The Liberty Bell was originally ordered in 1751 to celebrate the 50-year anniversary of Pennsylvania’s constitution, to be placed in the Pennsylvania State House, now called Independence Hall. The biblical inscription, “Proclaim Liberty throughout all the land unto all the inhabitants thereof,” from Leviticus 25:10 famously wraps around the bell. The bell rang on July 8, 1776 before the Declaration of Independence was publically read for the first time. The bell became a symbol of Liberty during the abolitionist movement to end slavery in the 1830’s. Many have debated the cause of the bell’s famous fracture, but a second crack silenced the bell forever after ringing on George Washington’s birthday in 1846.
”Not far from here where we gather today is a symbol of freedom familiar to all Americans — the Liberty Bell. When the Declaration of Independence was first read in public, the Liberty Bell was sounded in celebration, and a witness said: ‘It rang as if it meant something.’”—George W. Bush, December 12, 2005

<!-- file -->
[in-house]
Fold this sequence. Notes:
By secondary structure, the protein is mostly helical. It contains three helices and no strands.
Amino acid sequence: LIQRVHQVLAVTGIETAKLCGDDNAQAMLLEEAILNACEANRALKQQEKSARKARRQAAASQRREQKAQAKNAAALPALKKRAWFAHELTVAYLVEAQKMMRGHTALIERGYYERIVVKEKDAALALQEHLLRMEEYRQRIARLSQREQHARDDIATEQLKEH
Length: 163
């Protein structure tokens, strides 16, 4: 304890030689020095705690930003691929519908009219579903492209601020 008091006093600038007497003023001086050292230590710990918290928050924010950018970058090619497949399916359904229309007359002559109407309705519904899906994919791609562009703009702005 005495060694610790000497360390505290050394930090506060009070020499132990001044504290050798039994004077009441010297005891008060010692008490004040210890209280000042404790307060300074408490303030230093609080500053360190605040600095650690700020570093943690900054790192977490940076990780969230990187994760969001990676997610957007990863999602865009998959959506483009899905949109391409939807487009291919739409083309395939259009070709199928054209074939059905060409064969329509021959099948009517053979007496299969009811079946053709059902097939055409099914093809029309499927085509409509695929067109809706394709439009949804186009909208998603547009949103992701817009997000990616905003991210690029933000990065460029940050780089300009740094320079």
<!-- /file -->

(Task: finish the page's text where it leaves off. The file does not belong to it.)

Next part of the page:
“Yes there’s a lady that stands in a harbor for what we believe. And there’s a bell that still echoes the price that it cost to be free.”—Aaron Tippen, “Where the Stars and Stripes and Eagles Fly”
The bell, which was made and sent from London, actually cracked the first time it was rung as a test upon its arrival in Pennsylvania. It was recasted twice to fix the problem.
The Liberty bell weighs 2080 lbs and is 3 feet high with a 12 foot circumference. Additionally, the bell is made of 70% copper, 25% tin, and 5% various metals.
The Liberty Bell was moved to the Liberty Bell Center in October 2003, where it is kept today.